The best part was Trudeau’s whining about the poor artistic quality of the drawings.

    1. That Trudeau – always on top of the most-salient point in any discussion

    2. I’m still wondering if anyone thinks that Trudeau has been relevant since the 70s, and if so, why.

      1. No non ‘jounalist’ ever thought of Trudeau as relevant or amusing.

  24. When PEN talks about free speech, they mean free speech for anointed members of their club of the intellectual elite, not free speech for everybody.

    1. No, the organization is very good. It’s only some members who have outed themselves as one of those “I support free speech, but…” persons.

      1. It was Mark Steyn, I think, who said that everything before “but” in such a sentence is a lie.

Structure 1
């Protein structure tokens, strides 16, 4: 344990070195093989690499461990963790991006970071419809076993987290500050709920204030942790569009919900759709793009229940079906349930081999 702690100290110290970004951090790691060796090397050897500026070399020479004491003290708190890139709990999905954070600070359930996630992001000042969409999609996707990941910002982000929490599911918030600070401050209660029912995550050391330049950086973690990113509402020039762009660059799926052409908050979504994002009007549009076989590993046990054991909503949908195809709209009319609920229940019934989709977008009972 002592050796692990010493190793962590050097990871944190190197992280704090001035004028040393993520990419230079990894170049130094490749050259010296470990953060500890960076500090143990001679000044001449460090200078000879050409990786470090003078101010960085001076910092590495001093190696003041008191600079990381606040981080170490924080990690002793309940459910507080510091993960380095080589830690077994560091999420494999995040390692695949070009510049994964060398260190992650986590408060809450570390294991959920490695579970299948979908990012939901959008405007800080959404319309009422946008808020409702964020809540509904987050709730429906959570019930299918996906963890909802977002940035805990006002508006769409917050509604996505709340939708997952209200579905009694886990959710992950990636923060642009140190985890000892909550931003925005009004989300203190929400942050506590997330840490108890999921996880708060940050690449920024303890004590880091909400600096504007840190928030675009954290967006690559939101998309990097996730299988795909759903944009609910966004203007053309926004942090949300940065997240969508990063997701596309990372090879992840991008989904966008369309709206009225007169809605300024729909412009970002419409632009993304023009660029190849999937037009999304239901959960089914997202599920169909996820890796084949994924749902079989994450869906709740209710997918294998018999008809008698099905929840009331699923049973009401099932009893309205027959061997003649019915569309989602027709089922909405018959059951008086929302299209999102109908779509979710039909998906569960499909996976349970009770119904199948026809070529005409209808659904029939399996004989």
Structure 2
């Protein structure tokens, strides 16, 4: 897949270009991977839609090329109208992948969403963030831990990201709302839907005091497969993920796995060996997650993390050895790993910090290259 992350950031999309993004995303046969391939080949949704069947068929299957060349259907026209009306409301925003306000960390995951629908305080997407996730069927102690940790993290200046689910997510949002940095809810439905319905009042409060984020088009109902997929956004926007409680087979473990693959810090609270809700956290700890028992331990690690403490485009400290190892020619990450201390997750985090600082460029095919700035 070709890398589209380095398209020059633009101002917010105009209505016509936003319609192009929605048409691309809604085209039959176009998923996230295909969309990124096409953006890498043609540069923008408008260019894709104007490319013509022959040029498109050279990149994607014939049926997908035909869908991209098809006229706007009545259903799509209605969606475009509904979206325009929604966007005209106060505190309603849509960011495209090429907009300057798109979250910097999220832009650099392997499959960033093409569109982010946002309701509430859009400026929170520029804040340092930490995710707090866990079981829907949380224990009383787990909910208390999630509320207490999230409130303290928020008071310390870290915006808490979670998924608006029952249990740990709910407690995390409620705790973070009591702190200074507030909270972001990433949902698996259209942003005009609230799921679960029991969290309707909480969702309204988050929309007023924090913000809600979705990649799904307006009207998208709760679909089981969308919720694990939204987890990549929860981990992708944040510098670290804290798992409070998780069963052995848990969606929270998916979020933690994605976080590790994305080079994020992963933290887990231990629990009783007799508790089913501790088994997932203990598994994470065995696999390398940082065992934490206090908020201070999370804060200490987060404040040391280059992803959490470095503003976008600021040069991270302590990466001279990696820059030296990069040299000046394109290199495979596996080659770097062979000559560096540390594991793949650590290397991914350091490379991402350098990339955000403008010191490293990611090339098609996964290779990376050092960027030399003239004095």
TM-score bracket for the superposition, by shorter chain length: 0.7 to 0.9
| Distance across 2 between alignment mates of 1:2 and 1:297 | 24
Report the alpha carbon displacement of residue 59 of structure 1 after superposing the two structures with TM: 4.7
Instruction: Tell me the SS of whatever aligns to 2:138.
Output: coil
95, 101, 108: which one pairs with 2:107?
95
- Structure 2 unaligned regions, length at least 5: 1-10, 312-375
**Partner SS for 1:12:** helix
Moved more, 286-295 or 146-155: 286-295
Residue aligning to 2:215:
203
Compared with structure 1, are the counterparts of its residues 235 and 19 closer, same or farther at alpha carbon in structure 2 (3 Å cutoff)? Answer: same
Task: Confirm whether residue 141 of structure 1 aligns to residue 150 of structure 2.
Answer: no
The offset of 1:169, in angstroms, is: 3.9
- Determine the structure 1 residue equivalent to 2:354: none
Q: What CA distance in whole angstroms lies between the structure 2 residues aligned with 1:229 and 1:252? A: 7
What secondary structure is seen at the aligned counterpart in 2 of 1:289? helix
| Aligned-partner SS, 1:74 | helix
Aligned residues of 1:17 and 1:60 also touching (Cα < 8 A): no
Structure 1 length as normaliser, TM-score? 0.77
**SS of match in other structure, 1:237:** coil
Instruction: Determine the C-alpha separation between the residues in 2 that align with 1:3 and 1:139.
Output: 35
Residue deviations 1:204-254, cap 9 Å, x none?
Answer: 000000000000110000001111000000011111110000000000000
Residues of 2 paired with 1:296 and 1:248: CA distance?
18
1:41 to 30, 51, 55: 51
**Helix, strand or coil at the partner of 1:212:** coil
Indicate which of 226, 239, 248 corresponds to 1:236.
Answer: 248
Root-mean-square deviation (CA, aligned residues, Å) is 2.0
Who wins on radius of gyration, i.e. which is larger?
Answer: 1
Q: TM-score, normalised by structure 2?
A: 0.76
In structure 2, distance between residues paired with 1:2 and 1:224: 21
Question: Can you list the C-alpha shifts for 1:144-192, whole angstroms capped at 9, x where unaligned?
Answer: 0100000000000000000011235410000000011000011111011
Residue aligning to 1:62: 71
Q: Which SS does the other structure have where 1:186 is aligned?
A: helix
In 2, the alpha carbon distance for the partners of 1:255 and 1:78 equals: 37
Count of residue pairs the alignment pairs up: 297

25. The cowardly six, I hope their typing hands get a severe form of arthritis. Anal fuckwads, they will be the first to welcome our alien overlords.

    1. They shall forever be dubbed the Cowardly Six. Or the Six Anal Fuckwads. I can’t decide which I like better.

  26. “None of us must endorse the contents of Charlie Hebdo’s cartoons in order to affirm the principle of free expression for which they stand,”

    Personally, I always find it helpful when I get advice on what to think.

  27. “What I would say to both Peter and Michael and the others is, I hope nobody ever comes after them.”

    We all do realize that this is precisely what they’re trying to avoid, right?

    They cloak themselves in a kind of haughty, arrogant position which scolds Charlie and what it stood for, while telegraphing to would-be killers that they’d really, really like to be passed over.

    1. But of course they won’t be passed over. Barbarians always eliminate intellectuals.

      And when it’s their turn on the wrong end of an AK they’ll be all surprised, saying, “Wait! What?”